The foundational basis for rehabilitation of musculoskeletal injury as a profession rests upon the ability of an organism to recover from a deviation in homeostasis, and the clinician's ability to influence that process.
Much work has been done in an effort to describe and predict recovery from acute injury, in particular soft tissue injuries of the spine (whiplash and low back pain). Recent reviews have identified inconsistencies in the criteria for identifying recovery in this literature that hamper attempts at knowledge translation.
This article is intended to stimulate discussion around a new, standardised and acceptable set of criteria for discriminating between the injured individual who reaches a satisfying end to the experience of injury and the individual who does not reach that end.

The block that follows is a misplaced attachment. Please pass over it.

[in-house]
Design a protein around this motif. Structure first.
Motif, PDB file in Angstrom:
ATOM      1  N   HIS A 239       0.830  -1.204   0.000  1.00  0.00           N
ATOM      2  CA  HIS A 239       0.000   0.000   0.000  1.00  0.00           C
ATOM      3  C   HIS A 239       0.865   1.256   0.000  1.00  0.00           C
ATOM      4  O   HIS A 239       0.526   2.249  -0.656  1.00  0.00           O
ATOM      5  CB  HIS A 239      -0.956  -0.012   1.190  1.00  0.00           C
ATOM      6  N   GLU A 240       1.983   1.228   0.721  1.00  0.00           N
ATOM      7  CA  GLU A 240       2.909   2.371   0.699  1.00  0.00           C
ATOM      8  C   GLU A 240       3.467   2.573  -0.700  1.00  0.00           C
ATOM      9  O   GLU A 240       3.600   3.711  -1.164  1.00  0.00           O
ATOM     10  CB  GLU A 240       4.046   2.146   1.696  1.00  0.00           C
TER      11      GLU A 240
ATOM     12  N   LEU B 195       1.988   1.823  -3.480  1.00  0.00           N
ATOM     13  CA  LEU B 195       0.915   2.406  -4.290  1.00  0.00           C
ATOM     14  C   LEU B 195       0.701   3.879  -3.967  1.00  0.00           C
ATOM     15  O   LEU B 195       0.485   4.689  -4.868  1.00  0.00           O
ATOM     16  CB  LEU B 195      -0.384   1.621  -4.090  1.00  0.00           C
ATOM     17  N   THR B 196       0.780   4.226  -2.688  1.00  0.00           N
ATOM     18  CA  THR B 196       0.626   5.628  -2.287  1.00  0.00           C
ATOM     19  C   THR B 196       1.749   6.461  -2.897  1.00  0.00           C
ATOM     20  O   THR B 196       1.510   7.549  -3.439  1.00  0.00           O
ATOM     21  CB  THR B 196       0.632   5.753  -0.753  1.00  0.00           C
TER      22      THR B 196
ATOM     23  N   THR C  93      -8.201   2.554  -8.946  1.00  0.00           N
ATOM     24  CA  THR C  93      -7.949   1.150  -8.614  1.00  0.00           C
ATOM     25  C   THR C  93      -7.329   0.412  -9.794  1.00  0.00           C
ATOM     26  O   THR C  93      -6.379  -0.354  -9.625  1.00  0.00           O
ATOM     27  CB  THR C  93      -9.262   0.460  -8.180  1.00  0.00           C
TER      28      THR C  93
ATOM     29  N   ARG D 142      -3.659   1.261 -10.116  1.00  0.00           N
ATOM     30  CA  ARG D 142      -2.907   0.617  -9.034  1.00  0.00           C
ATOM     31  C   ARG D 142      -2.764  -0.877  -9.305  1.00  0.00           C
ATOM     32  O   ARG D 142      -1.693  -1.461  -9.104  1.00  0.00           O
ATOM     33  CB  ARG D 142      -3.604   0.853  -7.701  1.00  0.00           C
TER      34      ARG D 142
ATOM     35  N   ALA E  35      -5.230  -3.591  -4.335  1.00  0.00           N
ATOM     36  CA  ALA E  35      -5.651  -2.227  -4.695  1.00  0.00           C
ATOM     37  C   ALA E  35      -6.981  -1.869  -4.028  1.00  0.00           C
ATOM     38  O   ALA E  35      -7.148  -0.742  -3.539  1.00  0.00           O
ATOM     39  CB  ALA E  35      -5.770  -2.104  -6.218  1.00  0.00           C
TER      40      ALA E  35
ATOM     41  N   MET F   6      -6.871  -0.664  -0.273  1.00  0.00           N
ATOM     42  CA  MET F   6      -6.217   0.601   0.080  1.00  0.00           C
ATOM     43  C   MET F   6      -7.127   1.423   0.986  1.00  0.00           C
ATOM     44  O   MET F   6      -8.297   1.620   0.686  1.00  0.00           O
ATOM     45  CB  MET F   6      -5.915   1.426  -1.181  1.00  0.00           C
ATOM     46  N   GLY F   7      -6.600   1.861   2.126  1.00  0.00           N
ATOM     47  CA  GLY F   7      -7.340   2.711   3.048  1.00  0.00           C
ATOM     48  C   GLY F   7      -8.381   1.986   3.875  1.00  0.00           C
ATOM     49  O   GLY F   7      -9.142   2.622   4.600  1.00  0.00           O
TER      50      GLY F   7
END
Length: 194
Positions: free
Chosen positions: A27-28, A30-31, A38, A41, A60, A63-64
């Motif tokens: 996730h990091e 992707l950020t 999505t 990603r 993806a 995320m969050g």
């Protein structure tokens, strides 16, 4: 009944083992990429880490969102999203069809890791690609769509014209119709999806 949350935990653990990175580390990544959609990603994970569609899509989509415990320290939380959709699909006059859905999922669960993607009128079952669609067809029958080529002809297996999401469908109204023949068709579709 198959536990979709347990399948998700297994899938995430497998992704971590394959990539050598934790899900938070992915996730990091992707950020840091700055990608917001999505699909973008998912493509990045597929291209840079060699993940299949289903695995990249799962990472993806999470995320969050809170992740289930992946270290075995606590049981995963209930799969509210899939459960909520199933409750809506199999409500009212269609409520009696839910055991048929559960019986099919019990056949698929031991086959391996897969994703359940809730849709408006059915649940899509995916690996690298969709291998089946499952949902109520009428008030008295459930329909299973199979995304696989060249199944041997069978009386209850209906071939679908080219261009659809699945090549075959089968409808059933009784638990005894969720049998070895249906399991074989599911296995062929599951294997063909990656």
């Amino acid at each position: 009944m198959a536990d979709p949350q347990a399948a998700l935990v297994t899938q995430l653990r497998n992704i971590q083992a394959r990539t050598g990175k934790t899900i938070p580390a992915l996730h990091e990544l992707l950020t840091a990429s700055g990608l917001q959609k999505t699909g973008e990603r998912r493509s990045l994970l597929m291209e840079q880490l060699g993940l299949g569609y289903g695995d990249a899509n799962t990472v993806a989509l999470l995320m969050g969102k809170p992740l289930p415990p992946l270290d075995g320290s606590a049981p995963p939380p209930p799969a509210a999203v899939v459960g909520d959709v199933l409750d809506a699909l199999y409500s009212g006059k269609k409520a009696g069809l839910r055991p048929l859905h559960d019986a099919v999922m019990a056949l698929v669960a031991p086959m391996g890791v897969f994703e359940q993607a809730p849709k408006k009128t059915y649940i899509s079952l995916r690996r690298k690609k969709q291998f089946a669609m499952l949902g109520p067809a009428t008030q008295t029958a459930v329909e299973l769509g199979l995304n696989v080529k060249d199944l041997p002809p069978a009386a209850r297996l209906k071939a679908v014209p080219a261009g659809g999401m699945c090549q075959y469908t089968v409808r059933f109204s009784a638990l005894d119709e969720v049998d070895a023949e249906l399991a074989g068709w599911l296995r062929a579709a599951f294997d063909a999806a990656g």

Self-discrepancy theory and self-determination theory are used to frame the discussion.
It is hoped that the introduction of a new paradigm will lead to the development of more standardised, acceptable and useful outcomes, and will facilitate data synthesis from studies on prognosis and intervention for acute musculoskeletal injury.
Disability and rehabilitation
School of Physical Therapy, The University of Western Ontario, London, Ontario, Canada. dwalton5 [at] uwo.ca
Disabil Rehabil. 2010 ;32(10):864-74
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